Radio Diaries सार्वजनिक
[search 0]
अधिक

Download the App!

show episodes
 
R
Radio Diaries

1
Radio Diaries

Radio Diaries & Radiotopia

Unsubscribe
Unsubscribe
मासिक
 
First-person diaries, sound portraits, and hidden chapters of history from Peabody Award-winning producer Joe Richman and the Radio Diaries team. From teenagers to octogenarians, prisoners to prison guards, bra saleswomen to lighthouse keepers. The extraordinary stories of ordinary life. Radio Diaries is a proud member of Radiotopia, from PRX. Learn more at radiotopia.fm
 
Loading …
show series
 
In October 1968, Mexico City was preparing to host the Olympics - the first Latin American country to do so. It was an opportunity to showcase the new, modern Mexico. However, at the same time, student protests were erupting throughout the city. On October 2, just days before the Olympics were supposed to begin, the Mexican army fired on a peaceful…
 
This week we’re featuring an episode from our fellow Radiotopia show, Ear Hustle. Ear Hustle is produced inside San Quentin State Prison, in California. The show tells stories about what life is really like in prison, and after you get out. This episode is the first in Ear Hustle’s new season. It’s a beautiful, funny, and surprising story about the…
 
In the early 1970s, radio host and oral historian Studs Terkel went around the country, tape recorder in hand, interviewing people about their jobs. The interviews were compiled into a 1974 book called “Working: People Talk About What They Do All Day and How They Feel About What They Do,” which became a bestseller. This week, we’re revisiting two o…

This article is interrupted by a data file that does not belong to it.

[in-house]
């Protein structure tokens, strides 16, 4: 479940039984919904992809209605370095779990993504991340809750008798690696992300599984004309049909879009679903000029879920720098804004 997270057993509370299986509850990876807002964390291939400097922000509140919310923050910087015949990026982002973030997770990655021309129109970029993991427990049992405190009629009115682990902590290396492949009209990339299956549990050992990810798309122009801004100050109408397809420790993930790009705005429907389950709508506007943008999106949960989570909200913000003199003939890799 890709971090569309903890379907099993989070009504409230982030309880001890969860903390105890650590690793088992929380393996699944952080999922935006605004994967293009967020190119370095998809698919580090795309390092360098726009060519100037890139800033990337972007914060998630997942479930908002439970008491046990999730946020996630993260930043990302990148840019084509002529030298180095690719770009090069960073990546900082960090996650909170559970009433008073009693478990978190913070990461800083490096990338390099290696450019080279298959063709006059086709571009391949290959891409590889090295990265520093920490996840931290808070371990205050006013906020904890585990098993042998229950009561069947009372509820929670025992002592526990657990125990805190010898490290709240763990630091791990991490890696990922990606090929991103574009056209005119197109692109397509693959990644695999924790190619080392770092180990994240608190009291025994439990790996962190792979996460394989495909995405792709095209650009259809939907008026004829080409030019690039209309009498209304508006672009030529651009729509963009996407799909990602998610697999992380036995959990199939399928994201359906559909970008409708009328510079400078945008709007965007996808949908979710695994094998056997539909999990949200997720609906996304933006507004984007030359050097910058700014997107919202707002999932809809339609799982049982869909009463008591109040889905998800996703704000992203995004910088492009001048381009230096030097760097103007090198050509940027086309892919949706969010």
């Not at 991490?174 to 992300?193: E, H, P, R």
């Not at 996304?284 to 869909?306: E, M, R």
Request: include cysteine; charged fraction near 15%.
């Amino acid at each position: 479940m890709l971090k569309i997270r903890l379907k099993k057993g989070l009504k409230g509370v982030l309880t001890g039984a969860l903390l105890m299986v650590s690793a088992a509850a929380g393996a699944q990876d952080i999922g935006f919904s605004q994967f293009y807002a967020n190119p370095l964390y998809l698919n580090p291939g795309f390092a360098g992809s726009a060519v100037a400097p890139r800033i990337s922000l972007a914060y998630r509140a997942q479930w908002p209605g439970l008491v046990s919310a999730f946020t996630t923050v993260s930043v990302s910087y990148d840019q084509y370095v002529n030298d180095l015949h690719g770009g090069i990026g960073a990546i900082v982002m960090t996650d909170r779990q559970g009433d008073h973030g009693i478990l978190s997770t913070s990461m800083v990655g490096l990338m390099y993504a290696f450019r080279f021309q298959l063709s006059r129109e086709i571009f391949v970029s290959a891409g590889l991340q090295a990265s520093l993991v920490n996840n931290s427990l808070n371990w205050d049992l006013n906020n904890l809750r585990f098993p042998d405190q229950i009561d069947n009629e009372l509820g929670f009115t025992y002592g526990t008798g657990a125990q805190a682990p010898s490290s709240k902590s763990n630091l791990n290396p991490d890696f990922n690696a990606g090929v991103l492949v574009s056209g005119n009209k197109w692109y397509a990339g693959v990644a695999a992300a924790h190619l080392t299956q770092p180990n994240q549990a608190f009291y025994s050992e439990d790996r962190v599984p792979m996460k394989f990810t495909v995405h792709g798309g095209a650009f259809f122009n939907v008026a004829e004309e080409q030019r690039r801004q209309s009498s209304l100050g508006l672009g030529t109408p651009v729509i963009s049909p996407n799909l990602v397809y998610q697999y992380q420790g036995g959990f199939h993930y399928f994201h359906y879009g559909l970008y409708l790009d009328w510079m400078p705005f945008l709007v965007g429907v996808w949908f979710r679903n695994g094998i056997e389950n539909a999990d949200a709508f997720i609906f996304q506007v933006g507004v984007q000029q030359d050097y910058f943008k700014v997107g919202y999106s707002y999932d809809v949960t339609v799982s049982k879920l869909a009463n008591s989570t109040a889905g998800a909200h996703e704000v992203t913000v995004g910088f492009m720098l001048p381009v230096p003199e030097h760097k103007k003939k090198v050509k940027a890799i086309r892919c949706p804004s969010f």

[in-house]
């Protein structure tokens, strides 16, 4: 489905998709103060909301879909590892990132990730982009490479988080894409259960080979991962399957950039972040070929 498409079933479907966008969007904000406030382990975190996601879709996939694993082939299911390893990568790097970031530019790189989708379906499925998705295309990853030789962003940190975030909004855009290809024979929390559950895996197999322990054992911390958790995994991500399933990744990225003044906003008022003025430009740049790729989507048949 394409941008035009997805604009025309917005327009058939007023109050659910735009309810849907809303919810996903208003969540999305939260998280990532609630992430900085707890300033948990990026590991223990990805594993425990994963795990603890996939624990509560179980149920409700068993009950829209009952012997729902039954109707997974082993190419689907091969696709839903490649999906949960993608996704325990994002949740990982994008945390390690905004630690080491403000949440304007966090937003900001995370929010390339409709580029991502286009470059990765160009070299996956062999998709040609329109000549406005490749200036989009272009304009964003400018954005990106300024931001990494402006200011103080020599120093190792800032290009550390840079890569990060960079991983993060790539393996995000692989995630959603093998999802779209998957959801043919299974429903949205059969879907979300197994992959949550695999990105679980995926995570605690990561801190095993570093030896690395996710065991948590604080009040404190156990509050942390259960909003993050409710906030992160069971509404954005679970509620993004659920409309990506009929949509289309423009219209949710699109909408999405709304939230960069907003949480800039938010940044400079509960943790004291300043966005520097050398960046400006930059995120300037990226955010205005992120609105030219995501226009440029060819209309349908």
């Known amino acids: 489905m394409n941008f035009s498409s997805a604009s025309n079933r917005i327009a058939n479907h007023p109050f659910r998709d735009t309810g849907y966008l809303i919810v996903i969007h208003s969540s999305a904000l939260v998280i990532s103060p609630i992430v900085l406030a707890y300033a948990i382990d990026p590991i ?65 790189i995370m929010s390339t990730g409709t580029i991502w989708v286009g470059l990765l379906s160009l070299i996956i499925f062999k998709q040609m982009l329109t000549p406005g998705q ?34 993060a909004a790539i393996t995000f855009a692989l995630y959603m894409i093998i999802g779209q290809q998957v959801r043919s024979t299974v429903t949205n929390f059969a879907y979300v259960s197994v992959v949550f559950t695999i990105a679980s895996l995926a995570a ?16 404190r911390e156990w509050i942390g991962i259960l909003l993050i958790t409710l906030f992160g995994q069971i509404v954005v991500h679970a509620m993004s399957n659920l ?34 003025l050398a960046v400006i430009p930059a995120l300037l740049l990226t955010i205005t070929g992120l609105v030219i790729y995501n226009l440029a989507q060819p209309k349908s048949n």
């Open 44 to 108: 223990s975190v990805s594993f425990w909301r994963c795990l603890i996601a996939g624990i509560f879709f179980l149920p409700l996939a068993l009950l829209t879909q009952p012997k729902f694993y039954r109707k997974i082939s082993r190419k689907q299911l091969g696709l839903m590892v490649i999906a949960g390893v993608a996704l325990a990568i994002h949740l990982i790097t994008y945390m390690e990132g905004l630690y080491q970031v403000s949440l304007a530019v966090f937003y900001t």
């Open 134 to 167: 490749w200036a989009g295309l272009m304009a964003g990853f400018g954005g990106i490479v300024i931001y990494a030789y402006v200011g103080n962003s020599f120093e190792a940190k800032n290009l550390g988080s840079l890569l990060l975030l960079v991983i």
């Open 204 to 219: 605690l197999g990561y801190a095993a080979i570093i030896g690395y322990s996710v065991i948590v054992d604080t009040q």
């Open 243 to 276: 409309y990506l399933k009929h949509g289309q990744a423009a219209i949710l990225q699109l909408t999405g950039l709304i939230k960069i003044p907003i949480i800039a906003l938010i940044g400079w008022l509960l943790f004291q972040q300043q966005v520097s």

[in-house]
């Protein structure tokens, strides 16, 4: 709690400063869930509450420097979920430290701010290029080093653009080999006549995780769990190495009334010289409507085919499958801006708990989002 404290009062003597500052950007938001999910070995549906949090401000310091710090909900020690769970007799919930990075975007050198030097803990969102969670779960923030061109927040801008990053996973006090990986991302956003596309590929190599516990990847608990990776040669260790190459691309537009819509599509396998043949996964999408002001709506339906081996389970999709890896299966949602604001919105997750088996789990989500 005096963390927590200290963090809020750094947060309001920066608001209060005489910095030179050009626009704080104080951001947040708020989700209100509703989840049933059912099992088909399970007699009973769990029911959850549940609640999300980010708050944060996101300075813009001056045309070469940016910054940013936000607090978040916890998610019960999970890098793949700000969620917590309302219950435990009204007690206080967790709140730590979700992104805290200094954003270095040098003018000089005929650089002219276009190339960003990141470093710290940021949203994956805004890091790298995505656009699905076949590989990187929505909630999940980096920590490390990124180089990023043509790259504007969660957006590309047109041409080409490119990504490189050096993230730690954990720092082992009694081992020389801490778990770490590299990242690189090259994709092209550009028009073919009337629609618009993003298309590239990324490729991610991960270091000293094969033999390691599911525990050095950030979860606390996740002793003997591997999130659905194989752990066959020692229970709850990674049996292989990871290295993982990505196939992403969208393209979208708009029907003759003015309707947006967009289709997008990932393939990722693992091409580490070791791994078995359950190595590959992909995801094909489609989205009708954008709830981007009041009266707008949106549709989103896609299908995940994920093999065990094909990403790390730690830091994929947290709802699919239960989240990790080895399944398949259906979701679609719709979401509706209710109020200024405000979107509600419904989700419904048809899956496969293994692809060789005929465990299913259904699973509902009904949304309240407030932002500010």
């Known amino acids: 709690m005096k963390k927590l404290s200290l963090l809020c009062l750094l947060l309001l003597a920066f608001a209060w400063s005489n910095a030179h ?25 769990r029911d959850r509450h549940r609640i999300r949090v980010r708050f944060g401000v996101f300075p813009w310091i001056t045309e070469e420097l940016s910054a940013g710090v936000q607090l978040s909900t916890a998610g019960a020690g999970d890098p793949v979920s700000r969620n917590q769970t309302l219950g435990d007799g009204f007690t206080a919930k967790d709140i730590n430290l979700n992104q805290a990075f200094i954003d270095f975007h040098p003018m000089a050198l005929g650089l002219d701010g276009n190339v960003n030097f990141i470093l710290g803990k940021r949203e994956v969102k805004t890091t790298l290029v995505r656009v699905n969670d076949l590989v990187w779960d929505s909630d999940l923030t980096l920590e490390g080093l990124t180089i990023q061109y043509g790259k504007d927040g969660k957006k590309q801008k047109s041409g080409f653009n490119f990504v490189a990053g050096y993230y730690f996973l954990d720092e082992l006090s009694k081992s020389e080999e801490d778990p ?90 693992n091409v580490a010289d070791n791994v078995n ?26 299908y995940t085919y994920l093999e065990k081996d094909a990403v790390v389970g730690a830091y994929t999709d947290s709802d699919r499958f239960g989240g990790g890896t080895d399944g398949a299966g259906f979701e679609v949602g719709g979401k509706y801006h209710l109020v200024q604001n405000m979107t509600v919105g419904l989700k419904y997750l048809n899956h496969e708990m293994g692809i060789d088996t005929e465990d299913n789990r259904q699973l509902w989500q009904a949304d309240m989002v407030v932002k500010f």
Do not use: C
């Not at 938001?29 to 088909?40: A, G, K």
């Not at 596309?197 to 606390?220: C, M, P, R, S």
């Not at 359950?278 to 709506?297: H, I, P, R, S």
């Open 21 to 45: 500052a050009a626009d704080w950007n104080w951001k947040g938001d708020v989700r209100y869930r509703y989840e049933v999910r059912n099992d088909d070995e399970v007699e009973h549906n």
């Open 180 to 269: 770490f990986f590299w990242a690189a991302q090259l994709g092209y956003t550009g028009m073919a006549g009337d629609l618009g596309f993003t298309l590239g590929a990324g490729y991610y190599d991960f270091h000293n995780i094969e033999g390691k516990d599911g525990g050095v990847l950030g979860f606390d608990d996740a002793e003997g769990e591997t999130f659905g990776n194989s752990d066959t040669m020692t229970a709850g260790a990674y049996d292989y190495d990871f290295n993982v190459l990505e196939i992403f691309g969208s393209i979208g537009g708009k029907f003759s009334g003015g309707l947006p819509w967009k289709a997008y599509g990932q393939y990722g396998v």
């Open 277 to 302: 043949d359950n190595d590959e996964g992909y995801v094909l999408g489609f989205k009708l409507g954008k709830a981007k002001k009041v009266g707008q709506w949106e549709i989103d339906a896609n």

In the spring of 1981, the Pawtucket Red Sox and the Rochester Red Wings met for a minor league game of little importance. But over the course of 33 innings – 8 hours and 25 minutes – the game made history. It was the longest professional baseball game ever played. This is an excerpt of a story in collaboration with ESPN's 30 for 30.…
 
This week we’re bringing you a story from independent producer Erica Heilman, who makes the Rumble Strip podcast. The story is about a teenager named Finn Rooney who loved to fish and play baseball. It’s also about what happened in Finn’s community in Vermont after he took his life in January 2020. (A warning that this story discusses suicide) The …
 
In the 1960s, the U.S. was in a tense space race with the Soviet Union - and was losing. The Soviets had sent the first satellite and the first man into space. So, President Kennedy pledged to do something no country had done: send a man to the moon. This mission excited many white Americans, but many Black Americans thought the space program waste…
 
On June 15, 1904, a steamship called the General Slocum left the pier on East Third Street in New York City just after 9 AM. The boat was filled with more than 1,300 residents of the Lower East Side. Many of the passengers were recent German immigrants who were headed up the East River for a church outing, a boat cruise and picnic on Long Island. T…
 
Only one human disease has ever been completely eradicated: Smallpox. Smallpox was around for more than 3,000 years and killed at least 300 million people in the 20th century. Then, by 1980, it was gone. Rahima Banu was the last person in the world to have the deadliest form of smallpox. In 1975, Banu was a toddler growing up in a remote village in…